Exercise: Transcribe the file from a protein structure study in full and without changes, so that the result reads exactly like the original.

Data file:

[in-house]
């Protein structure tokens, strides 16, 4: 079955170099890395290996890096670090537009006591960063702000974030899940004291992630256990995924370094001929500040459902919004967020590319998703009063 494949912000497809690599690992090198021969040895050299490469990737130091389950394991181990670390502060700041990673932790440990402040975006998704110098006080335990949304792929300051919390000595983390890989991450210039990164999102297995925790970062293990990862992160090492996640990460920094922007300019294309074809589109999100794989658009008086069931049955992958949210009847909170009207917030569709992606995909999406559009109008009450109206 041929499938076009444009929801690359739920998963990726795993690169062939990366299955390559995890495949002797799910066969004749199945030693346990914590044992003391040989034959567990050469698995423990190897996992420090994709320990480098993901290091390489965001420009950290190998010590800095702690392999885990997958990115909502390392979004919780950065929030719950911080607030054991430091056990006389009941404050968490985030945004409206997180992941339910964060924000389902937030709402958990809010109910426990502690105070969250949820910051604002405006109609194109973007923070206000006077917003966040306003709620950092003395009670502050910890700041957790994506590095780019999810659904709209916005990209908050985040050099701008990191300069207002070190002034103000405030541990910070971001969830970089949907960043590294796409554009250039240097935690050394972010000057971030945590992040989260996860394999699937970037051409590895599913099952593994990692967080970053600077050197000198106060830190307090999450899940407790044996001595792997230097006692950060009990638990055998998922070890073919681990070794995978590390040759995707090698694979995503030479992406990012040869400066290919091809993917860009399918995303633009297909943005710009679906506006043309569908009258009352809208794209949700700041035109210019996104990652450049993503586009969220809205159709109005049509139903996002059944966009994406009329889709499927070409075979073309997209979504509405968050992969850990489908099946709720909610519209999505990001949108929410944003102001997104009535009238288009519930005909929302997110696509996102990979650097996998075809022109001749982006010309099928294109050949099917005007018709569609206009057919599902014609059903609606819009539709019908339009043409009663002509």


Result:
[in-house]
């Protein structure tokens, strides 16, 4: 079955170099890395290996890096670090537009006591960063702000974030899940004291992630256990995924370094001929500040459902919004967020590319998703009063 494949912000497809690599690992090198021969040895050299490469990737130091389950394991181990670390502060700041990673932790440990402040975006998704110098006080335990949304792929300051919390000595983390890989991450210039990164999102297995925790970062293990990862992160090492996640990460920094922007300019294309074809589109999100794989658009008086069931049955992958949210009847909170009207917030569709992606995909999406559009109008009450109206 041929499938076009444009929801690359739920998963990726795993690169062939990366299955390559995890495949002797799910066969004749199945030693346990914590044992003391040989034959567990050469698995423990190897996992420090994709320990480098993901290091390489965001420009950290190998010590800095702690392999885990997958990115909502390392979004919780950065929030719950911080607030054991430091056990006389009941404050968490985030945004409206997180992941339910964060924000389902937030709402958990809010109910426990502690105070969250949820910051604002405006109609194109973007923070206000006077917003966040306003709620950092003395009670502050910890700041957790994506590095780019999810659904709209916005990209908050985040050099701008990191300069207002070190002034103000405030541990910070971001969830970089949907960043590294796409554009250039240097935690050394972010000057971030945590992040989260996860394999699937970037051409590895599913099952593994990692967080970053600077050197000198106060830190307090999450899940407790044996001595792997230097006692950060009990638990055998998922070890073919681990070794995978590390040759995707090698694979995503030479992406990012040869400066290919091809993917860009399918995303633009297909943005710009679906506006043309569908009258009352809208794209949700700041035109210019996104990652450049993503586009969220809205159709109005049509139903996002059944966009994406009329889709499927070409075979073309997209979504509405968050992969850990489908099946709720909610519209999505990001949108929410944003102001997104009535009238288009519930005909929302997110696509996102990979650097996998075809022109001749982006010309099928294109050949099917005007018709569609206009057919599902014609059903609606819009539709019908339009043409009663002509």